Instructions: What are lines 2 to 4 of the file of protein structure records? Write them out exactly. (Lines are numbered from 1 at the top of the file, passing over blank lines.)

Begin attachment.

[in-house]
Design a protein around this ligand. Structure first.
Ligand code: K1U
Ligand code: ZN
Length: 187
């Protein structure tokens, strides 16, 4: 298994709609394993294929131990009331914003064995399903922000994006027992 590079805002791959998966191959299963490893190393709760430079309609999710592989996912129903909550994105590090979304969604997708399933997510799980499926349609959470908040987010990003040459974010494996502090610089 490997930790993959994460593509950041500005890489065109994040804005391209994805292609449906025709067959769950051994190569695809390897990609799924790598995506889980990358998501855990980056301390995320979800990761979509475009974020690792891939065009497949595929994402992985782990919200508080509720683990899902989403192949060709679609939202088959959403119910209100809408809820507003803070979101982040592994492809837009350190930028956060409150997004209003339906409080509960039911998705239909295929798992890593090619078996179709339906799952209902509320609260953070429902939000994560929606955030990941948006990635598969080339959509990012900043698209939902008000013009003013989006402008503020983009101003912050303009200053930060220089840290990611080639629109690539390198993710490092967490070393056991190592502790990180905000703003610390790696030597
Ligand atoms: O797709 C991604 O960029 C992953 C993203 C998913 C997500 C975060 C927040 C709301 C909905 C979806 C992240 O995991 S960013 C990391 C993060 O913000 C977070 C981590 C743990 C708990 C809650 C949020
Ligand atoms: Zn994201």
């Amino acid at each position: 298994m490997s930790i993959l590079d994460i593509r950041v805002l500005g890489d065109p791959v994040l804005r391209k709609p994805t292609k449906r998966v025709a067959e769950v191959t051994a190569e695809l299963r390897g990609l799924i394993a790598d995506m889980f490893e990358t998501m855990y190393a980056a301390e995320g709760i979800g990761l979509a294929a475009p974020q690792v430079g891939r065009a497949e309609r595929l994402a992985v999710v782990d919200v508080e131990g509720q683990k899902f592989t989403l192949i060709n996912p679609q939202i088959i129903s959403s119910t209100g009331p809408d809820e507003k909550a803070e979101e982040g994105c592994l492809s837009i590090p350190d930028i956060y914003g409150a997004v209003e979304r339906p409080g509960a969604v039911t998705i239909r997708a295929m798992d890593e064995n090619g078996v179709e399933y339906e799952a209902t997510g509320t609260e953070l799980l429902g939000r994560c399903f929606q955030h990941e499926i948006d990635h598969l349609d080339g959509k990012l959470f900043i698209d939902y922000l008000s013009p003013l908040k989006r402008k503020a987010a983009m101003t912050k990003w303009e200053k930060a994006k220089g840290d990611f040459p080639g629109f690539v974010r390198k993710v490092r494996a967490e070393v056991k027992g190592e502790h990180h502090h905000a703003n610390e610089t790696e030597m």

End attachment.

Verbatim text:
Design a protein around this ligand. Structure first.
Ligand code: K1U
Ligand code: ZN